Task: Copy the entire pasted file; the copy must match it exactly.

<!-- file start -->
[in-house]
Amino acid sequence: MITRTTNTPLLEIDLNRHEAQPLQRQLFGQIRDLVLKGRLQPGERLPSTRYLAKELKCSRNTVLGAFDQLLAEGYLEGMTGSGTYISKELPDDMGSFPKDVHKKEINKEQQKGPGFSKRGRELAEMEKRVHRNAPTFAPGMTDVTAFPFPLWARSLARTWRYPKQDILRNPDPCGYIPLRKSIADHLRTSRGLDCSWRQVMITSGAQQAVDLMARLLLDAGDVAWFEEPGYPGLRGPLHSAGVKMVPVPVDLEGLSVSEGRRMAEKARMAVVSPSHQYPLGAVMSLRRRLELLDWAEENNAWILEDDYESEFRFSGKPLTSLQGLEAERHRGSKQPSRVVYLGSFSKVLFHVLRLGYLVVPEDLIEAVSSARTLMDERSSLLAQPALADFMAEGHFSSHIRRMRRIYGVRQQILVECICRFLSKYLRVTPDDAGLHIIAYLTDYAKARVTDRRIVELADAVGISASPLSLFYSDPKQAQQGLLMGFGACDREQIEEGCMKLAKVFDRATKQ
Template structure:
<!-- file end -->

[in-house]
Amino acid sequence: MITRTTNTPLLEIDLNRHEAQPLQRQLFGQIRDLVLKGRLQPGERLPSTRYLAKELKCSRNTVLGAFDQLLAEGYLEGMTGSGTYISKELPDDMGSFPKDVHKKEINKEQQKGPGFSKRGRELAEMEKRVHRNAPTFAPGMTDVTAFPFPLWARSLARTWRYPKQDILRNPDPCGYIPLRKSIADHLRTSRGLDCSWRQVMITSGAQQAVDLMARLLLDAGDVAWFEEPGYPGLRGPLHSAGVKMVPVPVDLEGLSVSEGRRMAEKARMAVVSPSHQYPLGAVMSLRRRLELLDWAEENNAWILEDDYESEFRFSGKPLTSLQGLEAERHRGSKQPSRVVYLGSFSKVLFHVLRLGYLVVPEDLIEAVSSARTLMDERSSLLAQPALADFMAEGHFSSHIRRMRRIYGVRQQILVECICRFLSKYLRVTPDDAGLHIIAYLTDYAKARVTDRRIVELADAVGISASPLSLFYSDPKQAQQGLLMGFGACDREQIEEGCMKLAKVFDRATKQ
Template structure: